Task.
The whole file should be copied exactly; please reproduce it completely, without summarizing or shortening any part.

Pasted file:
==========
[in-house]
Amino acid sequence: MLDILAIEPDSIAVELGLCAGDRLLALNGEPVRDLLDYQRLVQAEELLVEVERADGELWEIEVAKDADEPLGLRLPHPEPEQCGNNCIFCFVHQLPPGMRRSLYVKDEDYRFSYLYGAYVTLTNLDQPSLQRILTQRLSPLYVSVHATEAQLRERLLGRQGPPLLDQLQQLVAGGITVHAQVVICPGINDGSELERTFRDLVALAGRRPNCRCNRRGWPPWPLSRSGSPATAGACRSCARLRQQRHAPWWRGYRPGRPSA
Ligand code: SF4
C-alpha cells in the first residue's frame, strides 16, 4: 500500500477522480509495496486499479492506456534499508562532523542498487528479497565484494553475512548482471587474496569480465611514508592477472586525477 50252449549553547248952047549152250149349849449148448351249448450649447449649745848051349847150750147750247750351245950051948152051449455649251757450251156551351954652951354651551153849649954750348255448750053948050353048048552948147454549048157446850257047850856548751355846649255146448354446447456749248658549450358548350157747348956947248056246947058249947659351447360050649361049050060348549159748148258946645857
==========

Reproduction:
[in-house]
Amino acid sequence: MLDILAIEPDSIAVELGLCAGDRLLALNGEPVRDLLDYQRLVQAEELLVEVERADGELWEIEVAKDADEPLGLRLPHPEPEQCGNNCIFCFVHQLPPGMRRSLYVKDEDYRFSYLYGAYVTLTNLDQPSLQRILTQRLSPLYVSVHATEAQLRERLLGRQGPPLLDQLQQLVAGGITVHAQVVICPGINDGSELERTFRDLVALAGRRPNCRCNRRGWPPWPLSRSGSPATAGACRSCARLRQQRHAPWWRGYRPGRPSA
Ligand code: SF4
C-alpha cells in the first residue's frame, strides 16, 4: 500500500477522480509495496486499479492506456534499508562532523542498487528479497565484494553475512548482471587474496569480465611514508592477472586525477 50252449549553547248952047549152250149349849449148448351249448450649447449649745848051349847150750147750247750351245950051948152051449455649251757450251156551351954652951354651551153849649954750348255448750053948050353048048552948147454549048157446850257047850856548751355846649255146448354446447456749248658549450358548350157747348956947248056246947058249947659351447360050649361049050060348549159748148258946645857